Volta To Build Reliable Data Centre In The Heart Of London
Old Reuters building will become a state-of-the-art co-location facility
Specialist data centre developer Volta has today announced its first project in Central London– a flexible data centre space located in the old Reuters headquarters in Great Sutton Street.
Situated in close proximity to the City, the West End, and a stone’s throw from the Silicon Roundabout in Shoreditch, the facility will provide sub-millisecond latency connections for surrounding financial and media industries.
Volta is a combined real estate, infrastructure and IT business. Once the renovation of the building is complete, it will offer co-location services – resilient power and cooling for single or multiple server racks, and private caged data suites for especially security-conscious clients. The company doesn’t sell the servers – but it does pretty much everything else.
In the middle of things
The new data centre is expected to fit nicely into the UK government plan to create a European tech hub in the capital. Research from 2010 named London the largest European data centre market, and it continues to grow.
“Last year, this interesting opportunity arose, which led to the creation of Volta Data Centres,” one of the investors, Matthew Dent told TechWeekEurope . “It started with us looking at the building on Great Sutton Street. It had been used by Reuters, and later, BT. What we liked about it is the location and a very unique power supply. It was already connected to several existing carriers, and the building itself was very secure.”
Commercial director of Volta Julian King, who previously worked for Global Switch, noted that buildings that can house data centres in close proximity to the City are few and far between. And being this close definitely has its benefits.
“The central location allows us to offer ultra-low latency that a certain number of highly specialised users require. These might be clients from the financial sector who need fast, reliable connection between various sites for computations, or media providers who need to stream information at high rates. We are going for very specific type of customer, at the leading edge of technology.“
Once the refurbishment of the 8,500 square meter space is complete, the basement and ground floor will house electrical plant equipment, while four self-contained data floors will hold the servers. The roof space is reserved for the chiller and heat rejection plant.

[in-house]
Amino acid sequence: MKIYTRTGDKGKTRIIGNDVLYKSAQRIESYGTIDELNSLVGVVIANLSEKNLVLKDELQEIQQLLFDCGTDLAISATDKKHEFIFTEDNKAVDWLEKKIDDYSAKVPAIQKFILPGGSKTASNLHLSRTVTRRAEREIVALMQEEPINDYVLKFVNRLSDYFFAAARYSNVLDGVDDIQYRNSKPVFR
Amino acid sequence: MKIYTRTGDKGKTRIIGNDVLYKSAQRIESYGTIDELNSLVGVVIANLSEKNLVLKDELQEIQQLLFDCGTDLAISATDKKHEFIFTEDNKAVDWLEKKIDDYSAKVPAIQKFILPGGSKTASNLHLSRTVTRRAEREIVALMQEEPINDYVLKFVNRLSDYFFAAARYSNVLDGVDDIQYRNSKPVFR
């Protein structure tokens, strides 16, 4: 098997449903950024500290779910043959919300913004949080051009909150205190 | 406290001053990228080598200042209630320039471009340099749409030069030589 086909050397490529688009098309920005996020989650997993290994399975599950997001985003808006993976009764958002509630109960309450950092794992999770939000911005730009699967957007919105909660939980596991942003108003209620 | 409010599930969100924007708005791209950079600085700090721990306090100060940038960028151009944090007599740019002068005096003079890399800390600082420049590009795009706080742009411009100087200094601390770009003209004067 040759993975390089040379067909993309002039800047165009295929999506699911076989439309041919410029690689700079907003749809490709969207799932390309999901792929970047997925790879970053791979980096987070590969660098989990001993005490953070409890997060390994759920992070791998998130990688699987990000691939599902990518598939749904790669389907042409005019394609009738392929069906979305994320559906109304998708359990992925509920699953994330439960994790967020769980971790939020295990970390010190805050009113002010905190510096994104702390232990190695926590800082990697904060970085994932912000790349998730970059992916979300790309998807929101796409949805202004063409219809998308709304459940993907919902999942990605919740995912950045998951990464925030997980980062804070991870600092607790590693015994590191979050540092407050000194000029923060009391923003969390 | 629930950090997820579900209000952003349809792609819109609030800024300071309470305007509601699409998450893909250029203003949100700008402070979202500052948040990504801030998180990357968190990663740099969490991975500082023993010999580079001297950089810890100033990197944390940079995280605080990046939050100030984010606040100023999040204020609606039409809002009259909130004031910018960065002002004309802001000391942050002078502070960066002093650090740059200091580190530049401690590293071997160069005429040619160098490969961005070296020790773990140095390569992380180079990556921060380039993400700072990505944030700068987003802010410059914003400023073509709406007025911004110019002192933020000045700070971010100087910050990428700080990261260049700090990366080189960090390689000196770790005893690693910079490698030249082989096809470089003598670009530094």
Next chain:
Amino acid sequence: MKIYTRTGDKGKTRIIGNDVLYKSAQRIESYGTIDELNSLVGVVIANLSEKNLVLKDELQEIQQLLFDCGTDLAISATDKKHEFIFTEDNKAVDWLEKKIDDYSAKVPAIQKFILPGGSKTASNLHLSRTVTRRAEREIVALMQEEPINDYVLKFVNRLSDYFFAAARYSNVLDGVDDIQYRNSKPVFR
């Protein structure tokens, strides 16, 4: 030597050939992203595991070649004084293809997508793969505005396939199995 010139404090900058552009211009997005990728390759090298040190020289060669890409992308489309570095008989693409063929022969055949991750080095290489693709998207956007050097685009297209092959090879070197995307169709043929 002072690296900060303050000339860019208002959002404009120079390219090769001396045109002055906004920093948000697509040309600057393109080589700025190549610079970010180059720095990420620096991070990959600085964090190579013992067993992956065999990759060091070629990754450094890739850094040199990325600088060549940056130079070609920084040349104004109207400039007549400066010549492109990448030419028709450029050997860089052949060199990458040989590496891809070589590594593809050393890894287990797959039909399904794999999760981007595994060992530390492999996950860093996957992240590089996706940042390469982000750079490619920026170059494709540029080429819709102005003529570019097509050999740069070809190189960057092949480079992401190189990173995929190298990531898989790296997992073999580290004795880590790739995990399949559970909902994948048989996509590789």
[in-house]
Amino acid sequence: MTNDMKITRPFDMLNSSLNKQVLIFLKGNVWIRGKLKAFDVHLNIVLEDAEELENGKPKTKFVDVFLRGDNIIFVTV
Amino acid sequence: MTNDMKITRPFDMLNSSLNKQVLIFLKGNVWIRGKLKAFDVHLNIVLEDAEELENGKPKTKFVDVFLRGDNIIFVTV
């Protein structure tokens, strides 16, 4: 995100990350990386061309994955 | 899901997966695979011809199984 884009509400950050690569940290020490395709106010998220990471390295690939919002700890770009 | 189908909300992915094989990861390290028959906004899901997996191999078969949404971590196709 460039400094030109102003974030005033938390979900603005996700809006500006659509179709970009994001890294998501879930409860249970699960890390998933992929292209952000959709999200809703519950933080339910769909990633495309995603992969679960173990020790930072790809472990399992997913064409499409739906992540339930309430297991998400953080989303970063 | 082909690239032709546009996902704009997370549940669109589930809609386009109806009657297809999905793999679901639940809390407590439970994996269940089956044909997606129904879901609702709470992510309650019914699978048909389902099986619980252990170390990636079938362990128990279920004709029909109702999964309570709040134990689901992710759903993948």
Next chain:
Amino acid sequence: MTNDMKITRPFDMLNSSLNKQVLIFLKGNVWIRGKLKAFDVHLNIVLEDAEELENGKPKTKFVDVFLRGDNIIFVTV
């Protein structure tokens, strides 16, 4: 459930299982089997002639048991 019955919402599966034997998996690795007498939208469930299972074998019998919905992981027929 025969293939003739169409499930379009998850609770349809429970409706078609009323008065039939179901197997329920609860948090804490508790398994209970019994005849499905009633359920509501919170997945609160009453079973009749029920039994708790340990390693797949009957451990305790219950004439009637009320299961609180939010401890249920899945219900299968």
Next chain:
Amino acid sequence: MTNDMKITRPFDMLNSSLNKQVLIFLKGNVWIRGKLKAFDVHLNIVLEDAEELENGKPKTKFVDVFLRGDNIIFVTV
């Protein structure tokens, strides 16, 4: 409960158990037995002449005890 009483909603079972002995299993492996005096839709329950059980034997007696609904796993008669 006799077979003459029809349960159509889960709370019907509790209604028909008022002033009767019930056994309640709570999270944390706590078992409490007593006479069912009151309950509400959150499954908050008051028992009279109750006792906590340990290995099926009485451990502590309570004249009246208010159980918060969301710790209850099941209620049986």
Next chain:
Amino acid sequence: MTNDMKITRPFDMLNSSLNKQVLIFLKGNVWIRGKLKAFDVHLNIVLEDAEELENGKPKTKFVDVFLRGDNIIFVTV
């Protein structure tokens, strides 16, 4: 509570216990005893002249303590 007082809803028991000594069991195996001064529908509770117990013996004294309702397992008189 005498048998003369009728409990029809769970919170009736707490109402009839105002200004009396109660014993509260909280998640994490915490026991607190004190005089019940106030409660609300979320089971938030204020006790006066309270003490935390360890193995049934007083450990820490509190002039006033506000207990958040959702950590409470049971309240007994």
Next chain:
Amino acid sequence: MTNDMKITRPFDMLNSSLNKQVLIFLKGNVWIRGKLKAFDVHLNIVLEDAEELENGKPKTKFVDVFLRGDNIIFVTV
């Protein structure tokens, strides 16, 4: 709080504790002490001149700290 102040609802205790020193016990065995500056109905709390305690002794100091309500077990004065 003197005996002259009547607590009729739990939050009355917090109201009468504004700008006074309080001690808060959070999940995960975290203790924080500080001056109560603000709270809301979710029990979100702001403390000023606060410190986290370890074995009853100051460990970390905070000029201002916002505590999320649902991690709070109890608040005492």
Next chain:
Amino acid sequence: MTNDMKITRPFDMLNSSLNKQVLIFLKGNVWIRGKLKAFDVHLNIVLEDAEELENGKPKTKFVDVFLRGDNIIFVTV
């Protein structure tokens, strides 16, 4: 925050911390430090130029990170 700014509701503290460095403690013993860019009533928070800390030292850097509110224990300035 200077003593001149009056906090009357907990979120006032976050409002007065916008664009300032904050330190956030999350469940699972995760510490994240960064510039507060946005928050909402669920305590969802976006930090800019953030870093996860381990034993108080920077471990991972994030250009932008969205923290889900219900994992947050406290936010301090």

The data centre will benefit from the infrastructure created for a global news provider. It is already connected to a number of carriers, including Colt, Verizon, C&W, BT, AboveNet, EU Networks and Geo Networks.
More importantly, Volta claims the building has the most resilient data centre power supply available in Central London. It sits on the link between two major National Grid sites that feed the capital, drawing 33kV power from each. Even if one of the substations goes down, the data centre will remain operational.
Fundamentally, data centres are not “green” because they take a lot of power. And yet, there are steps developers can take to soften their impact on the planet. “Because we are doing a complete refurbishment, we can start from scratch and use the most efficient equipment we can find on the market today,” said Julian. “There have been great advances in UPS system efficiency, free cooling and auxiliary equipment. We believe the Great Sutton Street facility will become a class-leading, efficient data centre. “
”We are using free air cooling to reduce energy consumption. From the roof, the chilled water will be circulating through the building. We will also be introducing a hot and cold aisle cooling layout. We have really looked at every way we can improve the efficiency of the data centre. We want it to be running for the next 25-30 years, and it is what our customers would expect of us”.
The project is entirely backed by equity funding. £50 million has already been invested, but the total could creep up to £100 million over time, as further phases are delivered. The data centre is expected to welcome its first customers in January 2013.
What about the depressing economic climate? Is this really the time to sink so much money into a data centre? “The economy is where it is,” says Matthew. “But the actual market for co-location retail has remained very strong and buoyant. We are quite confident it will be received well by end-users, and we will get our return.”
”We believe in the Silicon Roundabout and the City of London,” agrees Julian.
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